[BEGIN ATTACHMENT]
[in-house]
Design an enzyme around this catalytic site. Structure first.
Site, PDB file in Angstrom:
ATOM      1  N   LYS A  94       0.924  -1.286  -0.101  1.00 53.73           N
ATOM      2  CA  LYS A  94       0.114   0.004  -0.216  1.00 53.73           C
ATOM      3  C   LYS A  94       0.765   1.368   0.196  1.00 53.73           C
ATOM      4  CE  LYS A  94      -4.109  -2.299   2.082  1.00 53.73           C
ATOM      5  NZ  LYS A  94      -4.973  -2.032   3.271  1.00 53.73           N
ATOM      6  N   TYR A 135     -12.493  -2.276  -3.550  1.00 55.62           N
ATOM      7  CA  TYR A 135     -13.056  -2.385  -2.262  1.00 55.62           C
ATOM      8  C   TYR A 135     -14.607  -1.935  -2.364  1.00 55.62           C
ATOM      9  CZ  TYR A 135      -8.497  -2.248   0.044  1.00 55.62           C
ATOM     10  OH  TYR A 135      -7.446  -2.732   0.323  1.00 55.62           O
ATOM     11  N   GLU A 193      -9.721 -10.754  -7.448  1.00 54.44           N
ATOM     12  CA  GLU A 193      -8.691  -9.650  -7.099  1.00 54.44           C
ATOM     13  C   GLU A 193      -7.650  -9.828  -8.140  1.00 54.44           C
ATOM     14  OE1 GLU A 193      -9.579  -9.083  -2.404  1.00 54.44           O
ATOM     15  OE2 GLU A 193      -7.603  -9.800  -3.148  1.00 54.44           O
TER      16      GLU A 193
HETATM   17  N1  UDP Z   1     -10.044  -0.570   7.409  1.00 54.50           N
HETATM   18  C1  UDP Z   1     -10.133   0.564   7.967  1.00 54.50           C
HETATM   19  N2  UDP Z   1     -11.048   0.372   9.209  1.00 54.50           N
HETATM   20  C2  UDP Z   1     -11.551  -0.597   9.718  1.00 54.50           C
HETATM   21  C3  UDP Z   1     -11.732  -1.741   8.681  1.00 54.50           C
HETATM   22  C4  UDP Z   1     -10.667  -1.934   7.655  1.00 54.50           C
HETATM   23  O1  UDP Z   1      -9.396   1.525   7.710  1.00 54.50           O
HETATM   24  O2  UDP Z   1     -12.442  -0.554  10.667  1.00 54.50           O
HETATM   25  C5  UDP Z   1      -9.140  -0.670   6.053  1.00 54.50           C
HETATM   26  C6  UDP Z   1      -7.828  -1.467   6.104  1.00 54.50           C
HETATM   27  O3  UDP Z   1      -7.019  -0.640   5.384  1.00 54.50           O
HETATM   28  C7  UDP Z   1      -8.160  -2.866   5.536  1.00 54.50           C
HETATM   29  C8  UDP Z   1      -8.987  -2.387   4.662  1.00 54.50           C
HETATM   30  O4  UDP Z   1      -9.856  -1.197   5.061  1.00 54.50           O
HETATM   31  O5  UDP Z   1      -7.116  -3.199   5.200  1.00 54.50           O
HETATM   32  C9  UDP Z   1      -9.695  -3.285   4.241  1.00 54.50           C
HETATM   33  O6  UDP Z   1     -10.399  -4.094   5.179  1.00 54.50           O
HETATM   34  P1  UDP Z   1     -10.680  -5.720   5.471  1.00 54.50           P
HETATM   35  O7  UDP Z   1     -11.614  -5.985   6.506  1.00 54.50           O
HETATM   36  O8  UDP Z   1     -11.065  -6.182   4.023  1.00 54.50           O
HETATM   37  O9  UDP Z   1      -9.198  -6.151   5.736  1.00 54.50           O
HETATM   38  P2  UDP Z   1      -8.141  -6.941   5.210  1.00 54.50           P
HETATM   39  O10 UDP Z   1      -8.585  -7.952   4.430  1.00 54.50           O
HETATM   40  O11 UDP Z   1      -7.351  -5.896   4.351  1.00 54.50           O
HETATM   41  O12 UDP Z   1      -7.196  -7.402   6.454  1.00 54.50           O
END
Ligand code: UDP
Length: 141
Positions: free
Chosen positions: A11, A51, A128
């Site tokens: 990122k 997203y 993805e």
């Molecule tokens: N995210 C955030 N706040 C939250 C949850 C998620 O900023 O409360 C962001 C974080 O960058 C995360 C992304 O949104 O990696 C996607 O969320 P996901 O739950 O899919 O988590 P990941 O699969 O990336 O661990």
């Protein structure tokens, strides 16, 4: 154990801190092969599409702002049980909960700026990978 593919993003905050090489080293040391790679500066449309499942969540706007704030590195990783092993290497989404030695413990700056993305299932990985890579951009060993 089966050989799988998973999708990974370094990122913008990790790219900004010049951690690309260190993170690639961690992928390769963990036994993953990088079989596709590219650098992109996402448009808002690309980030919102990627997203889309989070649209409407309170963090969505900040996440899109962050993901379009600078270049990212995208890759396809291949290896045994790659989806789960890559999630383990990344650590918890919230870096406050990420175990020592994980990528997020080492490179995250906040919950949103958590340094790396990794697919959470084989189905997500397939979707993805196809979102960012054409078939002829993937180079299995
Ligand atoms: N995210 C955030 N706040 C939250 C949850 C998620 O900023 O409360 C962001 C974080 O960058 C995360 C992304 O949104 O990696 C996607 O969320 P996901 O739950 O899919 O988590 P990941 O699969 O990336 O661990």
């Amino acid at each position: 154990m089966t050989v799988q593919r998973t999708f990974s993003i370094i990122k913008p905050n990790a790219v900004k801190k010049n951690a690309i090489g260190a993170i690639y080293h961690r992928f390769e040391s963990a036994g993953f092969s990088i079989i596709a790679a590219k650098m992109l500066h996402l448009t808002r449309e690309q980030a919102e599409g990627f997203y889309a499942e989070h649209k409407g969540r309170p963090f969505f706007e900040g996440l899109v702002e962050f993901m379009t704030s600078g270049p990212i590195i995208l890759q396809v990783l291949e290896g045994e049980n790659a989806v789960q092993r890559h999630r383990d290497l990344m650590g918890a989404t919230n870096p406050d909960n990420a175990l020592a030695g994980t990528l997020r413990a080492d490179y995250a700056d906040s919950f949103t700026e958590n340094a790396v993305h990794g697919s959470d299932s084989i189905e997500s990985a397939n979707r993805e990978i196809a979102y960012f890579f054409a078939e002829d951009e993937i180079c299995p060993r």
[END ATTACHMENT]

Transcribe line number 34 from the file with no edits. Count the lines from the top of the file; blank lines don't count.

HETATM   31  O5  UDP Z   1      -7.116  -3.199   5.200  1.00 54.50           O